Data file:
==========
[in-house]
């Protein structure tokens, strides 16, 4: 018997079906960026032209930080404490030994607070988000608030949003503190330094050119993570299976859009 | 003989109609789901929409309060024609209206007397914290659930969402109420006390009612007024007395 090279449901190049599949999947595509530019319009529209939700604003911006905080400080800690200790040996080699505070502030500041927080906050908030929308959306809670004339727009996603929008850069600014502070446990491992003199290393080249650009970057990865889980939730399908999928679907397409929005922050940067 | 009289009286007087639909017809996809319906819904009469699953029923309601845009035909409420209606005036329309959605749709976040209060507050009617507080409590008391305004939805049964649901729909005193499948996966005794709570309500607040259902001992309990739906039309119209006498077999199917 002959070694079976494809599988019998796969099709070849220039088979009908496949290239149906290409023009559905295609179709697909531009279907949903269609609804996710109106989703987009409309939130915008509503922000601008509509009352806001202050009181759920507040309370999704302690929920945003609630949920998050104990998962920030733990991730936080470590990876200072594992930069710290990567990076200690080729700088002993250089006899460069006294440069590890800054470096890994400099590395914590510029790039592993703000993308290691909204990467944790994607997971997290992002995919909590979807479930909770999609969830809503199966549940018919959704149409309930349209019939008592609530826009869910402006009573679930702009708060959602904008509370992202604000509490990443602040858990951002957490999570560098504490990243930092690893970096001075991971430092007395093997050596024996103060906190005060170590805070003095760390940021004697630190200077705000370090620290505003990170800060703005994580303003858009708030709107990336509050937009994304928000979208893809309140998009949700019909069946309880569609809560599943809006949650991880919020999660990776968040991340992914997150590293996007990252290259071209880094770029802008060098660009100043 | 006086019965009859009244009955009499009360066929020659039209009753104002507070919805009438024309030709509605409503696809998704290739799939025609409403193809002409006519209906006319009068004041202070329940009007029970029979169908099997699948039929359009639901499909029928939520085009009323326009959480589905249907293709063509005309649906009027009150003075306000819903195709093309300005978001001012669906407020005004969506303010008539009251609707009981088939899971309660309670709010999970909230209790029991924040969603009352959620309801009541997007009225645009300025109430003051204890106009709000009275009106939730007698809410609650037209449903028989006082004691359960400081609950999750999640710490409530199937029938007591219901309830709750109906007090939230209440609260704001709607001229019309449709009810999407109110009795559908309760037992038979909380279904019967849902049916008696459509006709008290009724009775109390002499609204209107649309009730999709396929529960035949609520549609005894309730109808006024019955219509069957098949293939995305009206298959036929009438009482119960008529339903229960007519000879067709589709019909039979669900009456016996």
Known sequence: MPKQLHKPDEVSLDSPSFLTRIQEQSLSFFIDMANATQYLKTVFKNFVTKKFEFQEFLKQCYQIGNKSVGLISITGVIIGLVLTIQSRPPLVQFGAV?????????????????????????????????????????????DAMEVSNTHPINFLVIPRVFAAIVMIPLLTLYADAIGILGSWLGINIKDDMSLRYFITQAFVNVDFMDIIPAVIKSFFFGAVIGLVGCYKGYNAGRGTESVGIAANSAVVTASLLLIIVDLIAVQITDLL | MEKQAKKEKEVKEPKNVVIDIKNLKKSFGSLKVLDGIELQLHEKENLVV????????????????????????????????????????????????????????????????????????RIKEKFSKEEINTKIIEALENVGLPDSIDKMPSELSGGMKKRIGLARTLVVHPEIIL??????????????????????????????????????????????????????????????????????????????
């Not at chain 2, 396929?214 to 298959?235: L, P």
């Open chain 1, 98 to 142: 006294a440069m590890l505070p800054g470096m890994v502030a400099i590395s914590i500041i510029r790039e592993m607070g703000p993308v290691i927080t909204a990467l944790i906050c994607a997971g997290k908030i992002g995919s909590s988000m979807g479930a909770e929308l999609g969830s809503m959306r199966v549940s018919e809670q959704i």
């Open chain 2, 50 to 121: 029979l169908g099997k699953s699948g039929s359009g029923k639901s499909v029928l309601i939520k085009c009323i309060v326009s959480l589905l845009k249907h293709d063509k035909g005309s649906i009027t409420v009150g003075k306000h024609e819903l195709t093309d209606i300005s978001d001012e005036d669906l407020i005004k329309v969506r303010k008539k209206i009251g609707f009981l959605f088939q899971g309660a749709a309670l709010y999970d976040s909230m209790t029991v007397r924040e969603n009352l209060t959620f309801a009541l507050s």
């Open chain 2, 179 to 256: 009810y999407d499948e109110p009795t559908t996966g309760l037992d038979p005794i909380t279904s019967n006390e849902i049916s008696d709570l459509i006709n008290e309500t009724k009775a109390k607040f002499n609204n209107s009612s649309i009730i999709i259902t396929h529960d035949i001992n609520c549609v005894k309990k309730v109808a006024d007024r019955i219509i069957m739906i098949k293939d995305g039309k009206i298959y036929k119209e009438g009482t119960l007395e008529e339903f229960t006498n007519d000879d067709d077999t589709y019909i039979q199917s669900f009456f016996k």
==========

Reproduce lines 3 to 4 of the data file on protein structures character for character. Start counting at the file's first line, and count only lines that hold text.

Known sequence: MPKQLHKPDEVSLDSPSFLTRIQEQSLSFFIDMANATQYLKTVFKNFVTKKFEFQEFLKQCYQIGNKSVGLISITGVIIGLVLTIQSRPPLVQFGAV?????????????????????????????????????????????DAMEVSNTHPINFLVIPRVFAAIVMIPLLTLYADAIGILGSWLGINIKDDMSLRYFITQAFVNVDFMDIIPAVIKSFFFGAVIGLVGCYKGYNAGRGTESVGIAANSAVVTASLLLIIVDLIAVQITDLL | MEKQAKKEKEVKEPKNVVIDIKNLKKSFGSLKVLDGIELQLHEKENLVV????????????????????????????????????????????????????????????????????????RIKEKFSKEEINTKIIEALENVGLPDSIDKMPSELSGGMKKRIGLARTLVVHPEIIL??????????????????????????????????????????????????????????????????????????????
């Not at chain 2, 396929?214 to 298959?235: L, P």